Friday, June 28, 2013

Seasons of My River

I have a little river that flows right by my back deck at my house.  Even with my baseball days long gone, I could still easily sit in my chair and throw a baseball and hit the river.  It is that close.  I like having that little river.  In fact, most days I am not even sure it is a river.  Much of the time, it is hardly more than a creek.

I am not even sure why I call it “my” little river.  I don’t own any deed to the river.  I don’t even think it is on my property.  More than likely, it marks the boundary of what is “mine.”  Even to use possessive language about land strikes me as a bit odd.  Of course, I know about laws, property rights, deeds, etc.  And of course, I really don’t want someone coming into ”my house” in the middle of the night to claim some space.  I understand why I have locks on my doors.

And yet, a big part of me thinks all the property---all the land, creeks, rivers, mountains and everything else---is really God’s.  For me to be part of nature is a gift.  It is a good gift.  I have been lucky to live in this land of plenty.  The natural world that surrounds me is gracious.  It is fertile; there is sufficient water.  The trees surrounding my place are wonderfully luxurious in many different ways.  I have been blessed.

And there is that little river---my little river.  It flows on and on.  It is symbolic in many ways, I have concluded.  It is a teacher.  I can be its student.  If I open myself to its teaching, I can learn a great deal.  In fact, I believe it is a source of wisdom for the one willing to become wise.  I want to be open to its wisdom.

One of the things I am convinced is true about my little river is that it has seasons.  Of course, you might say.  It goes through spring and summer, fall and winter just like anything else in nature in my part of the world.  That is true, but it is not what I mean my seasons.  Let me elaborate.

By the season of my little river, I mean the surging and flagging of the river flow.  My little river is quite sensitive to what is going on.  Normally, it is just my little river.  It flows rather steadily---without much ado.  It is easy to overlook in these normal times.  There is movement, but little drama.  There is action, but little reaction is elicited.  In these normal times, I have to be aware and alert if I want to learn anything from my little river.

It can teach me much about how to deal with normal times.  It is quietly effective as a river---moving water effortlessly along.  That teaches me how to be effective in my own normal times.  After all, most of my time is normal.  Most of my time is not dramatic.  I want to continue to learn how to be steady, effective and productive in my own routine times.  That would be a great accomplishment. 

That goes for my own spiritual life, too.  Most of my spiritual life is pretty normal---little drama or fanfare.  I want that to be solid and effective.  I want my own spiritual journey to be as steady as the flow of my little river.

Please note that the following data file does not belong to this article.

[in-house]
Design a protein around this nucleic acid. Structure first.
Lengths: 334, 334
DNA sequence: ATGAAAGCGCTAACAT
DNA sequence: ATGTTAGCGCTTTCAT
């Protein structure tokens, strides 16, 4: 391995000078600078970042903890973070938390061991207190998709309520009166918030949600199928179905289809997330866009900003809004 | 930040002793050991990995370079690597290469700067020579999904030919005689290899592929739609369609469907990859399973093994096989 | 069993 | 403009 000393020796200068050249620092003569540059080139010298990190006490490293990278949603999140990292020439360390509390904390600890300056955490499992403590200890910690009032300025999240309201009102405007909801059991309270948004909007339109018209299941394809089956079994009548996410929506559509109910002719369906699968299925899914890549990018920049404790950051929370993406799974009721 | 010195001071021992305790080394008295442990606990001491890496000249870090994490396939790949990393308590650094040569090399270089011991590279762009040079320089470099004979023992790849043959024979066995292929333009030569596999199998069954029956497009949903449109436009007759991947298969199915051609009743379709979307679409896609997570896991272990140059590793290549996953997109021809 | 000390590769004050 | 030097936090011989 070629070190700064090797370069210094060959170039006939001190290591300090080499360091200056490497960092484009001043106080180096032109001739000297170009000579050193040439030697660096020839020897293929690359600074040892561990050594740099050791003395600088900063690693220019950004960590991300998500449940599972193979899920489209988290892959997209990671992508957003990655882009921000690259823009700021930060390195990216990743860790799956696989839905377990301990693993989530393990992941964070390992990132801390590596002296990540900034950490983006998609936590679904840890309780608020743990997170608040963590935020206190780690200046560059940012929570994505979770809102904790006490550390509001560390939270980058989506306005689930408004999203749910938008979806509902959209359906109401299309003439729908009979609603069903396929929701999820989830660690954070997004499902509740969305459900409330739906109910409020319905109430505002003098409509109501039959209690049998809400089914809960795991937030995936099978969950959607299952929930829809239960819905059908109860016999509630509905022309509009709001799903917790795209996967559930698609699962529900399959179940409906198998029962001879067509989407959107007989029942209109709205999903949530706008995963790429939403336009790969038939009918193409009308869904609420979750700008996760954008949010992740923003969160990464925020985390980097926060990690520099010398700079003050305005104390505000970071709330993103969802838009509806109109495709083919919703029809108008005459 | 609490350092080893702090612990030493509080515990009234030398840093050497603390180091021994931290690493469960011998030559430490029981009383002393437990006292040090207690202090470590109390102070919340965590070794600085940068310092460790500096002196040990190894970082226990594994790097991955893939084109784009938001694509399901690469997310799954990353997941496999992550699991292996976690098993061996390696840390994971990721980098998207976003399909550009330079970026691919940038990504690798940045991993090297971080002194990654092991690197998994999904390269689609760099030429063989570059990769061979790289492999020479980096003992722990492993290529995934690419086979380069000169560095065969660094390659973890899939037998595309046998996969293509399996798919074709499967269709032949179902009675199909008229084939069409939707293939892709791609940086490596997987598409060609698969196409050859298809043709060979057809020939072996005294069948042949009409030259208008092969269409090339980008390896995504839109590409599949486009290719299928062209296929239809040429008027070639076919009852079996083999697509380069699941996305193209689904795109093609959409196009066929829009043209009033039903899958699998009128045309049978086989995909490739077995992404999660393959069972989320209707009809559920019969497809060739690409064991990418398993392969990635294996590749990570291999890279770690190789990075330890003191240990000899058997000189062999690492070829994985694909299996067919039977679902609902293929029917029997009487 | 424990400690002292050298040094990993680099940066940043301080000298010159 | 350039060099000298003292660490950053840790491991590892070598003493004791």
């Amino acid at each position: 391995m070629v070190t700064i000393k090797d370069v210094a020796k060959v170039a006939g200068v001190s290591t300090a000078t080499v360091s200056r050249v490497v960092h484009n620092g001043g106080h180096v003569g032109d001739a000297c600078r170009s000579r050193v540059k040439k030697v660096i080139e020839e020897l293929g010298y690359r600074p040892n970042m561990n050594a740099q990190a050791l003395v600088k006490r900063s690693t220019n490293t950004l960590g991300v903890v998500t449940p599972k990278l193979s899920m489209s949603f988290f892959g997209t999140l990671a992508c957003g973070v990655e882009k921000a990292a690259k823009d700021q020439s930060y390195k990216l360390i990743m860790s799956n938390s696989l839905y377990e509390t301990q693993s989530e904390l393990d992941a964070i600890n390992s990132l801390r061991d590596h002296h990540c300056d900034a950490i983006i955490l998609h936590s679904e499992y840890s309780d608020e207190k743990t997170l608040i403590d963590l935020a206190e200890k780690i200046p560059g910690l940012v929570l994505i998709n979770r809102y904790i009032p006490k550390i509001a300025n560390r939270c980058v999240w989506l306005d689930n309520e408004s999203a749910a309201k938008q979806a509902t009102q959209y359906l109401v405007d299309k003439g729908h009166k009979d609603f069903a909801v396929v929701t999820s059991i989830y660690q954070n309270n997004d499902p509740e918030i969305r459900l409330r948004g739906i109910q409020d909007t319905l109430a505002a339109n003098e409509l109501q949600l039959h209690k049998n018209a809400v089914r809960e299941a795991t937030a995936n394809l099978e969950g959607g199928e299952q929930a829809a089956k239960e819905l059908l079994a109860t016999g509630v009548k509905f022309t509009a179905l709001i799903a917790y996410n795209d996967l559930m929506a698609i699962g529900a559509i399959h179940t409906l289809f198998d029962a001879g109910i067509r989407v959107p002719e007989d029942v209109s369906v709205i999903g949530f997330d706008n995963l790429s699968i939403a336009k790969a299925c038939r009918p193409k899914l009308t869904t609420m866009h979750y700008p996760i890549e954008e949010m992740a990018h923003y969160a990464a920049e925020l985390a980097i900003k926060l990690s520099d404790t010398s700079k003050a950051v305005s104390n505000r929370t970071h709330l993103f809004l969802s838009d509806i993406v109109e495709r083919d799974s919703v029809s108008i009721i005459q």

Then there are the times when heavy rains come.  Heavy rains alter the normalcy of my little river.  My little river is quickly sensitive to environmental changes.  When heavy rains come, my little river turns into a tiger!  My little river becomes a pretty big, almost raging river.  The noise level elevates significantly.  It begins to sound like I am at the ocean.  There is rushing water and crashing sounds like waves hitting a wall.  That little river becomes robust and rambunctious.  To be in that river would be like climbing on a bucking bronco!

There are also seasons of my spirit.  There have been a few times when the fresh winds of the Spirit have blown so strongly, that I was deeply moved.  These are the times that I feel mighty and capable of really big things.  In these seasons, I want to imitate my little river.  I want to be responsive and become spiritually effective.  I want to make things happen---to make a difference.

And then there are the times when it gets dry and the dry season may become extended.  During these seasons my little river shrivels.  Its movement slows drastically.  It still flows, but it conserves energy---seemingly settling in order to sustain itself through dry periods.  It has less to give, but is nevertheless an impressive teacher.  My little river knows how to make it through dry, thin times.  It will survive and thrive.

What a great template for soul work.  Anyone who has been at soul work for a while knows there will be those dry times.  We know that even though we go through the motions of spiritual discipline, there may be little or no movement of the Spirit.  My little river teaches me to be patient and to stay with it.  My little river never gets mad and quits flowing.  “Stay within yourself,” I can hear it tell me during these times.

I value having such a wonderful teacher within a baseball throw.  It is mine.  I do not pay for the education and formation.   Like most things in God’s nature, it is gift.  It is a form of grace given liberally to me---and anyone else who wants to be open and see.

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